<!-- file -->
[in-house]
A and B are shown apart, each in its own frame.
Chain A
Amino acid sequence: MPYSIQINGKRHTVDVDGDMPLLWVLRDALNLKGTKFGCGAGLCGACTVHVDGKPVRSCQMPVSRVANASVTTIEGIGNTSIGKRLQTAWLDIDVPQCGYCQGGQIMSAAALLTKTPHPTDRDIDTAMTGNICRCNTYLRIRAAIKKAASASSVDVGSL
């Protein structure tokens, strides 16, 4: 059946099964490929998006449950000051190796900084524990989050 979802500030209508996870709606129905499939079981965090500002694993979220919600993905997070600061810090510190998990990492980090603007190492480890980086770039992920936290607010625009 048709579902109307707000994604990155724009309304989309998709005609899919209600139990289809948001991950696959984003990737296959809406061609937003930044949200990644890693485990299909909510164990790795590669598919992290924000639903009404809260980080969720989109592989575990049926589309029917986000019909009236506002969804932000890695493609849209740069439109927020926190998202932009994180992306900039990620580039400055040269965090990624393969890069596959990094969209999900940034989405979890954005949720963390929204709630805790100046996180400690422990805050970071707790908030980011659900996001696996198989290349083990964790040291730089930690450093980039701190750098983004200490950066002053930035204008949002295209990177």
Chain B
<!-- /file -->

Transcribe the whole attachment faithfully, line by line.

[in-house]
A and B are shown apart, each in its own frame.
Chain A
Amino acid sequence: MPYSIQINGKRHTVDVDGDMPLLWVLRDALNLKGTKFGCGAGLCGACTVHVDGKPVRSCQMPVSRVANASVTTIEGIGNTSIGKRLQTAWLDIDVPQCGYCQGGQIMSAAALLTKTPHPTDRDIDTAMTGNICRCNTYLRIRAAIKKAASASSVDVGSL
């Protein structure tokens, strides 16, 4: 059946099964490929998006449950000051190796900084524990989050 979802500030209508996870709606129905499939079981965090500002694993979220919600993905997070600061810090510190998990990492980090603007190492480890980086770039992920936290607010625009 048709579902109307707000994604990155724009309304989309998709005609899919209600139990289809948001991950696959984003990737296959809406061609937003930044949200990644890693485990299909909510164990790795590669598919992290924000639903009404809260980080969720989109592989575990049926589309029917986000019909009236506002969804932000890695493609849209740069439109927020926190998202932009994180992306900039990620580039400055040269965090990624393969890069596959990094969209999900940034989405979890954005949720963390929204709630805790100046996180400690422990805050970071707790908030980011659900996001696996198989290349083990964790040291730089930690450093980039701190750098983004200490950066002053930035204008949002295209990177």
Chain B